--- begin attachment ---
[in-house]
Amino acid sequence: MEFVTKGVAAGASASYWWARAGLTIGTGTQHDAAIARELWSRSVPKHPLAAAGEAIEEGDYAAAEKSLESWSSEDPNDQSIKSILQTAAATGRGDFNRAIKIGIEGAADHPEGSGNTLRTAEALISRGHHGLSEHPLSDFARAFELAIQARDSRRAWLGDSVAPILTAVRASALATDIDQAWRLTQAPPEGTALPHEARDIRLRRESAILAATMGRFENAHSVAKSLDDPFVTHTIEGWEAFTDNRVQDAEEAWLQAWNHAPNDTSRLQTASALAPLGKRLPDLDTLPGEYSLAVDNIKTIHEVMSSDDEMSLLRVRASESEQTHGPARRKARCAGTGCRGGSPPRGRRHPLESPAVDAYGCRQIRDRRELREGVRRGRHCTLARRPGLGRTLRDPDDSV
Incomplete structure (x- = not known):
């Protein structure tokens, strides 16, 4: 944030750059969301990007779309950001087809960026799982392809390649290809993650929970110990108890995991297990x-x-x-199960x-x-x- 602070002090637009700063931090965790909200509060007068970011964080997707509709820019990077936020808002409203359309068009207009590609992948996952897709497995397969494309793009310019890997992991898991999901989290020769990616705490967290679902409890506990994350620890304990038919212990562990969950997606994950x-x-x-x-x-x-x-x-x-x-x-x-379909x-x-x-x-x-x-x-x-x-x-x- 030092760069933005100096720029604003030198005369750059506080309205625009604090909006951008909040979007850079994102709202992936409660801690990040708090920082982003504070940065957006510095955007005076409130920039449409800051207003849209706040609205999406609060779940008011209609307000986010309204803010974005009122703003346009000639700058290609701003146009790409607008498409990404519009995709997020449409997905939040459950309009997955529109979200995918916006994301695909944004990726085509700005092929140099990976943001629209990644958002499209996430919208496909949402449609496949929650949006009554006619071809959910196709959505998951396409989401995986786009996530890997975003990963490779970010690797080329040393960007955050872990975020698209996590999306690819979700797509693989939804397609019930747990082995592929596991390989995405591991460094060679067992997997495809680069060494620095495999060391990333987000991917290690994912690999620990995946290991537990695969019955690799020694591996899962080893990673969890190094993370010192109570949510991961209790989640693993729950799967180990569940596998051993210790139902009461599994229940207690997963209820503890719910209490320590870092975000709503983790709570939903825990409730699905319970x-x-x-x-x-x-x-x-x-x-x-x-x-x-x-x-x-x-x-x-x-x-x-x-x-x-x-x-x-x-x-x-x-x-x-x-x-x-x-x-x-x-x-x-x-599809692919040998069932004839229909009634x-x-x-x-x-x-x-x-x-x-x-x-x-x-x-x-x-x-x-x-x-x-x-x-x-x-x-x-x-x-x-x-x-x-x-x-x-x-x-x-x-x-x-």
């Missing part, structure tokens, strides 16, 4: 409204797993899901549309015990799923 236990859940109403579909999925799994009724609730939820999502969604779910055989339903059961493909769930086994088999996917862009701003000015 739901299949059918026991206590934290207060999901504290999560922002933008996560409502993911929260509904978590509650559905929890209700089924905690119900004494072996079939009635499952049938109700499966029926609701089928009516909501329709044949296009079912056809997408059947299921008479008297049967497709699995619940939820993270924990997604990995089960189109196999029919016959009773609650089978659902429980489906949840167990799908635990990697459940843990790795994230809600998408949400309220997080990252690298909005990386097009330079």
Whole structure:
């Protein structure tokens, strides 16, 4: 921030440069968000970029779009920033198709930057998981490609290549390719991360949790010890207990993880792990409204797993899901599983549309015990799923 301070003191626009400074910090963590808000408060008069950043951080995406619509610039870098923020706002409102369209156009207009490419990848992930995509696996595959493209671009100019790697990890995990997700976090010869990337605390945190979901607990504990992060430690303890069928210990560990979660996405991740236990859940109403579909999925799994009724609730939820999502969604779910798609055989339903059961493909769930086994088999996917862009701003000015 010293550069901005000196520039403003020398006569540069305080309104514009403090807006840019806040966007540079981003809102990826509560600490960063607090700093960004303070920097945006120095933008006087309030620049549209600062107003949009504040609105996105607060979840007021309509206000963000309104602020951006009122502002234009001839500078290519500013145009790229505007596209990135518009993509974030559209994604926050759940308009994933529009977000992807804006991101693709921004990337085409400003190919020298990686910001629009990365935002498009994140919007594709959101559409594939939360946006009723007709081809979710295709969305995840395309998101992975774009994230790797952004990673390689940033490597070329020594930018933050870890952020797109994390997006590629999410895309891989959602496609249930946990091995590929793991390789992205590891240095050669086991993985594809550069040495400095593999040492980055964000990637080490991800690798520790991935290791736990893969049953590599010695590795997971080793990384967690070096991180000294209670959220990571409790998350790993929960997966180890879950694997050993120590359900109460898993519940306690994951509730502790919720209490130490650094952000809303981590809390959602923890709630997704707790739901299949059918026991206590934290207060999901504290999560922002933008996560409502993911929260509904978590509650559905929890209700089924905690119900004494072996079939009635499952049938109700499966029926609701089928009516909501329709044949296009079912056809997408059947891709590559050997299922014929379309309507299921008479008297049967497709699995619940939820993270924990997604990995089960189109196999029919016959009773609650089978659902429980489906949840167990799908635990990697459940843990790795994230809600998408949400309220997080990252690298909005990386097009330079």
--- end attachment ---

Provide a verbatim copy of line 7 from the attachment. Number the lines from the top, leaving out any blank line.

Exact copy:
């Protein structure tokens, strides 16, 4: 921030440069968000970029779009920033198709930057998981490609290549390719991360949790010890207990993880792990409204797993899901599983549309015990799923 301070003191626009400074910090963590808000408060008069950043951080995406619509610039870098923020706002409102369209156009207009490419990848992930995509696996595959493209671009100019790697990890995990997700976090010869990337605390945190979901607990504990992060430690303890069928210990560990979660996405991740236990859940109403579909999925799994009724609730939820999502969604779910798609055989339903059961493909769930086994088999996917862009701003000015 010293550069901005000196520039403003020398006569540069305080309104514009403090807006840019806040966007540079981003809102990826509560600490960063607090700093960004303070920097945006120095933008006087309030620049549209600062107003949009504040609105996105607060979840007021309509206000963000309104602020951006009122502002234009001839500078290519500013145009790229505007596209990135518009993509974030559209994604926050759940308009994933529009977000992807804006991101693709921004990337085409400003190919020298990686910001629009990365935002498009994140919007594709959101559409594939939360946006009723007709081809979710295709969305995840395309998101992975774009994230790797952004990673390689940033490597070329020594930018933050870890952020797109994390997006590629999410895309891989959602496609249930946990091995590929793991390789992205590891240095050669086991993985594809550069040495400095593999040492980055964000990637080490991800690798520790991935290791736990893969049953590599010695590795997971080793990384967690070096991180000294209670959220990571409790998350790993929960997966180890879950694997050993120590359900109460898993519940306690994951509730502790919720209490130490650094952000809303981590809390959602923890709630997704707790739901299949059918026991206590934290207060999901504290999560922002933008996560409502993911929260509904978590509650559905929890209700089924905690119900004494072996079939009635499952049938109700499966029926609701089928009516909501329709044949296009079912056809997408059947891709590559050997299922014929379309309507299921008479008297049967497709699995619940939820993270924990997604990995089960189109196999029919016959009773609650089978659902429980489906949840167990799908635990990697459940843990790795994230809600998408949400309220997080990252690298909005990386097009330079």